“You’re a Goddamn Disaster and you’re starting To look good to me.”

This palpable dynamic adds depth and complexity to the narrative and pushes the series far beyond expected comedy. See for yourself in this behind-the-scenes video (and brace yourself for a unforgettable description of Brockmire’s genitals)…

Want more about Amanda Peet? She’s all over the place, and has even penned a recent self-reflective piece in the New York Times.

And of course you can watch the Jim-Jules relationship hysterically unfold in new episodes of Brockmire, every Wednesday at 10PM on IFC.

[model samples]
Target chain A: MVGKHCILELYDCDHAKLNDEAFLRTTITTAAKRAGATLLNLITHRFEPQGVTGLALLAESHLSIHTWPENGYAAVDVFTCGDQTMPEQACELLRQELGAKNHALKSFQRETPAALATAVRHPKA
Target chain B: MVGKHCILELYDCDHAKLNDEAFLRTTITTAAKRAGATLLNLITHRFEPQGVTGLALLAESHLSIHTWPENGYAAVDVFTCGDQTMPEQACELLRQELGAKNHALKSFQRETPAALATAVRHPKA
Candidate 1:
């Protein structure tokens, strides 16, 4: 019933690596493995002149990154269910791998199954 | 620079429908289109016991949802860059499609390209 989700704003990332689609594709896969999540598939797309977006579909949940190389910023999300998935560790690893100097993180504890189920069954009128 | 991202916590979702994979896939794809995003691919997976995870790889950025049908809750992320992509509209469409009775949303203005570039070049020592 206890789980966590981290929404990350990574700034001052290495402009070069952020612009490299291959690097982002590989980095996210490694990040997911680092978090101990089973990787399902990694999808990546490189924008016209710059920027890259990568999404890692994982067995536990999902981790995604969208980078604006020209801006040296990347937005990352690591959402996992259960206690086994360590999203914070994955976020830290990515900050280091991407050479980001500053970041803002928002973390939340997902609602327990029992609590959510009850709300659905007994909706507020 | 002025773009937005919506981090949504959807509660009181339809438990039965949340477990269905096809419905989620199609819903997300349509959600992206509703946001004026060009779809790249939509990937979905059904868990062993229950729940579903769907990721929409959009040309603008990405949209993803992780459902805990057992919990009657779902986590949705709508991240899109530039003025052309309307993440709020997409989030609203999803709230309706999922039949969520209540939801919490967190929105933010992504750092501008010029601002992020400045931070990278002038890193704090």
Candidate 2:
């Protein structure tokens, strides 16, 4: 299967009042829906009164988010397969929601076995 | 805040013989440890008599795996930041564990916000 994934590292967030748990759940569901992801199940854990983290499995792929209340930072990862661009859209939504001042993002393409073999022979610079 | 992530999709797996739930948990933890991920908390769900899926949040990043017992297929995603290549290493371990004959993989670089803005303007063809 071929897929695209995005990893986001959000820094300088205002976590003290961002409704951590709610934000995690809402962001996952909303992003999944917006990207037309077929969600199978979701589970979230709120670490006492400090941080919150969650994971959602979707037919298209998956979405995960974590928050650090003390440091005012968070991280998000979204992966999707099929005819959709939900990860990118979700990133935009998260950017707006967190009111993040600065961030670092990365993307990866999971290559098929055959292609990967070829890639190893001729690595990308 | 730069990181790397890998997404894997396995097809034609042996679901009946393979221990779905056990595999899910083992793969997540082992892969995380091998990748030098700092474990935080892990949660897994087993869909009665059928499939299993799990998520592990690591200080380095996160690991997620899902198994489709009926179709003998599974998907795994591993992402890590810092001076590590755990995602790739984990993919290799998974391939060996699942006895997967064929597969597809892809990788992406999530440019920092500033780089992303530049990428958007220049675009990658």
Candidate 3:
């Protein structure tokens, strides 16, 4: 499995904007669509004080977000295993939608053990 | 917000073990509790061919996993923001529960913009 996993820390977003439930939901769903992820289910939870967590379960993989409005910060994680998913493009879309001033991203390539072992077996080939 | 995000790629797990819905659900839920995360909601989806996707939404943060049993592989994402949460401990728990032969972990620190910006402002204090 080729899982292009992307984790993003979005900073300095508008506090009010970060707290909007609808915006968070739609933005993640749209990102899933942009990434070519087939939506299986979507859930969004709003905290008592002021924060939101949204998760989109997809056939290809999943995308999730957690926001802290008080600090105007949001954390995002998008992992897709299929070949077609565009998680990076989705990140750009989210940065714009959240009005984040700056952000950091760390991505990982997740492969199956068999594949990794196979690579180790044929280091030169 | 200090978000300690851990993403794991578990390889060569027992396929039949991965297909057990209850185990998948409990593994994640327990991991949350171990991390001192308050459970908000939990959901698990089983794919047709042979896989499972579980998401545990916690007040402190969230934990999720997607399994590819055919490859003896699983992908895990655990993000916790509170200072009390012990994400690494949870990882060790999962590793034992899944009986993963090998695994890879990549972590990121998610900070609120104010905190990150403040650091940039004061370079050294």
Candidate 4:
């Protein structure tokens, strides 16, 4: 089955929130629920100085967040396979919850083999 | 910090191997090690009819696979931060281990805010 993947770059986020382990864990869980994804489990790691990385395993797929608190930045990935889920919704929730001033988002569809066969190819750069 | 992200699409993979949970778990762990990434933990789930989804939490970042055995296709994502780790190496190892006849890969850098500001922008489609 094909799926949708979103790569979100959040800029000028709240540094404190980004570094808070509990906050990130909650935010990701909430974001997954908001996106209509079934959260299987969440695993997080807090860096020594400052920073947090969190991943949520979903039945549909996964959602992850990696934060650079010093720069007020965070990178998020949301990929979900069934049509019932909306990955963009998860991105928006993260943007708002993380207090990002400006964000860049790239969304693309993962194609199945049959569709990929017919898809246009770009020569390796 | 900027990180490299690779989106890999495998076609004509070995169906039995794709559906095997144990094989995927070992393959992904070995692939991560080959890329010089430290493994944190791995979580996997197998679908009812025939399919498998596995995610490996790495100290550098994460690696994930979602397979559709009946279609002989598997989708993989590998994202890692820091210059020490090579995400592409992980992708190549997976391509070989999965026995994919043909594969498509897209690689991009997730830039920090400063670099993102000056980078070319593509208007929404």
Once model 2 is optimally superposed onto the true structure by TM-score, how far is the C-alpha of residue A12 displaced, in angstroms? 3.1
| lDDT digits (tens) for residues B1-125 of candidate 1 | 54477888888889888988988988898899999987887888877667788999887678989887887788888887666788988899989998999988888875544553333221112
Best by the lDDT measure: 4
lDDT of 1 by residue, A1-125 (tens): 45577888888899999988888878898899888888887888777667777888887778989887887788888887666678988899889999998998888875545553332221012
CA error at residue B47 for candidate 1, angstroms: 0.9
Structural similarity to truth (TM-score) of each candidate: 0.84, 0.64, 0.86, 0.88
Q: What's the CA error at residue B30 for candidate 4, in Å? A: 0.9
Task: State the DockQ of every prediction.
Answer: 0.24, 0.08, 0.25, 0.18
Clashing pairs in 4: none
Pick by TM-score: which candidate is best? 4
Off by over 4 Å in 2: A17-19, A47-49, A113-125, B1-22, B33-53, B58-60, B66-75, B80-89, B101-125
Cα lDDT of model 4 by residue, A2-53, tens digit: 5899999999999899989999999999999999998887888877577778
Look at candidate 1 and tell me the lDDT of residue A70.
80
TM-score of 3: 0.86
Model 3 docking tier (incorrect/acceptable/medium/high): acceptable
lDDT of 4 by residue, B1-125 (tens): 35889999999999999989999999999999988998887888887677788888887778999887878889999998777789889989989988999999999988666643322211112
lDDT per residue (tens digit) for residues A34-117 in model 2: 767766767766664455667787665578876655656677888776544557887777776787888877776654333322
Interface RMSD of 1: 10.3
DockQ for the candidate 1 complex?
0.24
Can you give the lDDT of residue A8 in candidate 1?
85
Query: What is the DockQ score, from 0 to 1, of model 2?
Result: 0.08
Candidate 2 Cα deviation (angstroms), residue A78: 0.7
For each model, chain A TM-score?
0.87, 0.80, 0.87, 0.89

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Draught Pick

Sam Adams “Keeps It Brockmire”

All New Brockmire airs Wednesdays at 10P on IFC.

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From baseball to beer, Jim Brockmire calls ’em like he sees ’em.

via GIPHY

It’s no wonder at all, then, that Sam Adams would reach out to Brockmire to be their shockingly-honest (and inevitably short-term) new spokesperson. Unscripted and unrestrained, he’ll talk straight about Sam—and we’ll take his word. Check out this new testimonial for proof:

See more Brockmire Wednesdays at 10P on IFC, presented by Samuel Adams. Good f***** beer.